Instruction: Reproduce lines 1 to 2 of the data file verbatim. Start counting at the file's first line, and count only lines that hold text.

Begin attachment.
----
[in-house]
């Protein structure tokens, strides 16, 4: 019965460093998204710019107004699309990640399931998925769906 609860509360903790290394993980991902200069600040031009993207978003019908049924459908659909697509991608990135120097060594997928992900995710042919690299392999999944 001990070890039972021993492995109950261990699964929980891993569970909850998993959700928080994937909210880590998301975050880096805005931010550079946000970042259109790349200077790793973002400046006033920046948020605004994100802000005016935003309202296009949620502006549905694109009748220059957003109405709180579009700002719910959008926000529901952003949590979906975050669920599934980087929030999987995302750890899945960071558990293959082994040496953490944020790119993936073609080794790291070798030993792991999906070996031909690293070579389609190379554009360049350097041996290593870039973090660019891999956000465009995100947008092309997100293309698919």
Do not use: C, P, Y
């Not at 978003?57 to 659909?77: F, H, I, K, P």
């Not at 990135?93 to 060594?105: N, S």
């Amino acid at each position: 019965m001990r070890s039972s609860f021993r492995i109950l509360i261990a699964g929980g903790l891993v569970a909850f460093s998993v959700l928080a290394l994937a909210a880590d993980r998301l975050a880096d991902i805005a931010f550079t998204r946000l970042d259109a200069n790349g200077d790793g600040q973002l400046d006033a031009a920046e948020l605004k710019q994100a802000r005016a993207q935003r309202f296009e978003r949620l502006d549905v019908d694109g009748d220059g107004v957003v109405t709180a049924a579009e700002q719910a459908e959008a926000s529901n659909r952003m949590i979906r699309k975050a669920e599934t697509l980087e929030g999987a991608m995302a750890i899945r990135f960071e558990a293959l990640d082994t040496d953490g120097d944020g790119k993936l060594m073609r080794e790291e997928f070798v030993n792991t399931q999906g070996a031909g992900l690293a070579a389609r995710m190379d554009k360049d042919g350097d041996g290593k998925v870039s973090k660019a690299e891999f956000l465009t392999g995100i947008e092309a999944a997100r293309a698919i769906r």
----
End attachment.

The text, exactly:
[in-house]
């Protein structure tokens, strides 16, 4: 019965460093998204710019107004699309990640399931998925769906 609860509360903790290394993980991902200069600040031009993207978003019908049924459908659909697509991608990135120097060594997928992900995710042919690299392999999944 001990070890039972021993492995109950261990699964929980891993569970909850998993959700928080994937909210880590998301975050880096805005931010550079946000970042259109790349200077790793973002400046006033920046948020605004994100802000005016935003309202296009949620502006549905694109009748220059957003109405709180579009700002719910959008926000529901952003949590979906975050669920599934980087929030999987995302750890899945960071558990293959082994040496953490944020790119993936073609080794790291070798030993792991999906070996031909690293070579389609190379554009360049350097041996290593870039973090660019891999956000465009995100947008092309997100293309698919």